Present—we either present ourselves to sin or to God. It is the same word as in Romans 12:1, “I beseech you therefore, brethren, by the mercies of God, that ye present your bodies a living sacrifice, holy, acceptable unto God, which is your reasonable service.”

Present yourself. The idea of the surrendered life or yielded life goes completely against our old nature. Our flesh never likes to yield. This is where progressive sanctification comes in. Every day we surrender to the will of the Holy Spirit.

But there is a problem.

A little girl fell out of bed one night and began to cry. Her mother ran into her room picked her up, put her back in bed and asked her little girl, “Honey, why did you fall out of bed?”

The little girl replied, “I think I stayed too close to the place where I got in.”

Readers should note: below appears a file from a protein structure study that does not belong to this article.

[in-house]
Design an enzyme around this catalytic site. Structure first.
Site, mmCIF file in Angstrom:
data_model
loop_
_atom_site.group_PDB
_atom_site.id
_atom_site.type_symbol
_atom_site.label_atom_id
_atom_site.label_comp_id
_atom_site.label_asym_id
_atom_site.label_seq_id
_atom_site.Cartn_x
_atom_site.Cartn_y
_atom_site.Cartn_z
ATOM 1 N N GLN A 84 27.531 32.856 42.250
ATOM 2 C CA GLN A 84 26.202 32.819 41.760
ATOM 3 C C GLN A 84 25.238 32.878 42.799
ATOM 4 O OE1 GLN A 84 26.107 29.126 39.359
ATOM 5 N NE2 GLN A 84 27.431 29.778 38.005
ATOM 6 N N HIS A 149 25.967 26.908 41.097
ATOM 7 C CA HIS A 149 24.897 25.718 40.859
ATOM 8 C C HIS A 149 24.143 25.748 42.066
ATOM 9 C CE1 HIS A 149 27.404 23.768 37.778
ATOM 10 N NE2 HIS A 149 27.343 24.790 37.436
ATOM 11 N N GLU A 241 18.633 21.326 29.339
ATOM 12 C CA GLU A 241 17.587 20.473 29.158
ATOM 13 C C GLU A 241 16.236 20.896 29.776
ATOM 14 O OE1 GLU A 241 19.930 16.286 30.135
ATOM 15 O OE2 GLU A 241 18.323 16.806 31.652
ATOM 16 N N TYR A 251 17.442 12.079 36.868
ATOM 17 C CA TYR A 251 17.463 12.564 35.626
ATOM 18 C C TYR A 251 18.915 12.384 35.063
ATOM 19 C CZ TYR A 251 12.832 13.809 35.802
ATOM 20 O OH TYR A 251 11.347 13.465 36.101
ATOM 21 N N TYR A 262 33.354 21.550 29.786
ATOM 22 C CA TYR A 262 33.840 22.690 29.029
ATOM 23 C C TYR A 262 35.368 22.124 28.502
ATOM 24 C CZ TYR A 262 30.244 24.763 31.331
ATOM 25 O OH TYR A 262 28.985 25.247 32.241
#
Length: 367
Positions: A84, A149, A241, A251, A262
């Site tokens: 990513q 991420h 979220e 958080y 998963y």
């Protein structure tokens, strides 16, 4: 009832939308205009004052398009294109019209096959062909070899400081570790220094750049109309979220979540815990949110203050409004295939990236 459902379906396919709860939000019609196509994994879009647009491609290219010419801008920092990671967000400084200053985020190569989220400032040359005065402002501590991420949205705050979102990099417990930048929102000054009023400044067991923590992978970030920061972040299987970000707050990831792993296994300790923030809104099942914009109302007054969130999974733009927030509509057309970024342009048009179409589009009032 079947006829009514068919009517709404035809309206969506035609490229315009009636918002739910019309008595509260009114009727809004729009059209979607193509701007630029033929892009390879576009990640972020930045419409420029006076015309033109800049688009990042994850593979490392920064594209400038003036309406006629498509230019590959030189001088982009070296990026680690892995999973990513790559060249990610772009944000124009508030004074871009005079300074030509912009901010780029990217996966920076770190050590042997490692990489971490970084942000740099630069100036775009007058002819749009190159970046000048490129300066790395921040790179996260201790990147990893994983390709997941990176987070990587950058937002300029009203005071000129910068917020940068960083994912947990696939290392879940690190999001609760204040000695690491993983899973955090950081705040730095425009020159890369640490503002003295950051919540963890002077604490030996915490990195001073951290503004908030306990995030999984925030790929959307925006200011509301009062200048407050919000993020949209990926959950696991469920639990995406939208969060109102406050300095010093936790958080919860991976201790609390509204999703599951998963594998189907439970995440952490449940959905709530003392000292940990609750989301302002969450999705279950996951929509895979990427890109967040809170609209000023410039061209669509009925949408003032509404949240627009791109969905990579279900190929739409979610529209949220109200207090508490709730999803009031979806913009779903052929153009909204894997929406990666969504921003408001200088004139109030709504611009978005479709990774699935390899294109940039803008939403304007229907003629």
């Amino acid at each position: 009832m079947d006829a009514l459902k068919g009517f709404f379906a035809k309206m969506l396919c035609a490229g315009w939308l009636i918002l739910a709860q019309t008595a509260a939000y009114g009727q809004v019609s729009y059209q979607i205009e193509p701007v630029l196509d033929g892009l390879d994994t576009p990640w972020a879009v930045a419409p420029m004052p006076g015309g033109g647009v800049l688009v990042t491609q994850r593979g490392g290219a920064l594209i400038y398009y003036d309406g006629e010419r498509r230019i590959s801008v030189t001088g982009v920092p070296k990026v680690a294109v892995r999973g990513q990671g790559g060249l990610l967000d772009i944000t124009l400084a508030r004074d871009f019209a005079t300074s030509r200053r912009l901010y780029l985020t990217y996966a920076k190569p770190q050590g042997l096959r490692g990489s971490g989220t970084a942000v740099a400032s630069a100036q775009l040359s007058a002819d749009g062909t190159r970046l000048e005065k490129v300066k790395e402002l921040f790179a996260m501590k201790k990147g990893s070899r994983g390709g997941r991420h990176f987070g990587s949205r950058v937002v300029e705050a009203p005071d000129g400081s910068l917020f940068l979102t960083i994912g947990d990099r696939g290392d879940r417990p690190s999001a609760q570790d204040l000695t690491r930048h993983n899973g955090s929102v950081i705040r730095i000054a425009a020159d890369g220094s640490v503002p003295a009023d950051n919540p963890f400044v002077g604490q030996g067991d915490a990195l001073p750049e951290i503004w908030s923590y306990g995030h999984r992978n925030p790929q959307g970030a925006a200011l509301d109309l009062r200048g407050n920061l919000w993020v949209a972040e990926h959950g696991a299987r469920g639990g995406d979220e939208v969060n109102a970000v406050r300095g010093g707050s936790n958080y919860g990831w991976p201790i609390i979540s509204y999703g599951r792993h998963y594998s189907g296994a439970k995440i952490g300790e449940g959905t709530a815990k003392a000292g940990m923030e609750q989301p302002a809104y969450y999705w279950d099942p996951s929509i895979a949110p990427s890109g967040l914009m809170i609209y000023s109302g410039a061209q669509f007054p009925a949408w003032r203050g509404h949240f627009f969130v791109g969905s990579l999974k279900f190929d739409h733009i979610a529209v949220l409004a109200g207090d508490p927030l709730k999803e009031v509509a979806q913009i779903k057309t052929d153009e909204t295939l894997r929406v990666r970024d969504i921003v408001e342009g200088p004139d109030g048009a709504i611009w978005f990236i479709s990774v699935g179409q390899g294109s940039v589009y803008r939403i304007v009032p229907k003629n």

And that’s why too many fall, get stuck, or never walk in victory. We are staying to close to the world and yielding to our old nature.

Victory only comes when we walk as Jesus walked, completely surrendered, and yielded, presenting ourselves to God every day. Remember He wants us to experience victory.

What does God have for you today?

Keep Looking Up!

Pastor Rodney

You can leave a comment on our Facebook page.

Making Monday Matter

After all the holiday traditions and celebrations have ceased, will the Resurrection continue into the “Monday after” or will it be put up on the Easter shelf in the attic to collect dust until next year?

Over the last 40 days leading up to Easter, we journeyed and labored towards the Cross with Jesus, looking deep within the dark caverns of our soul, begging the Lord to painstakingly search us for every sin stained thought, word and action; constantly reminding ourselves of our desperate need for a Savior. The emotional rollercoaster of Lent prepared our hearts and minds for the spiritual high and victorious triumph that we would finally experience on Easter Sunday when Jesus would conquer sin and death for good! Truly, it is FINISHED!

Hard to beat that kind of emotional experience, right?

Now that the sun has set on Easter Sunday, what will Monday morning bring?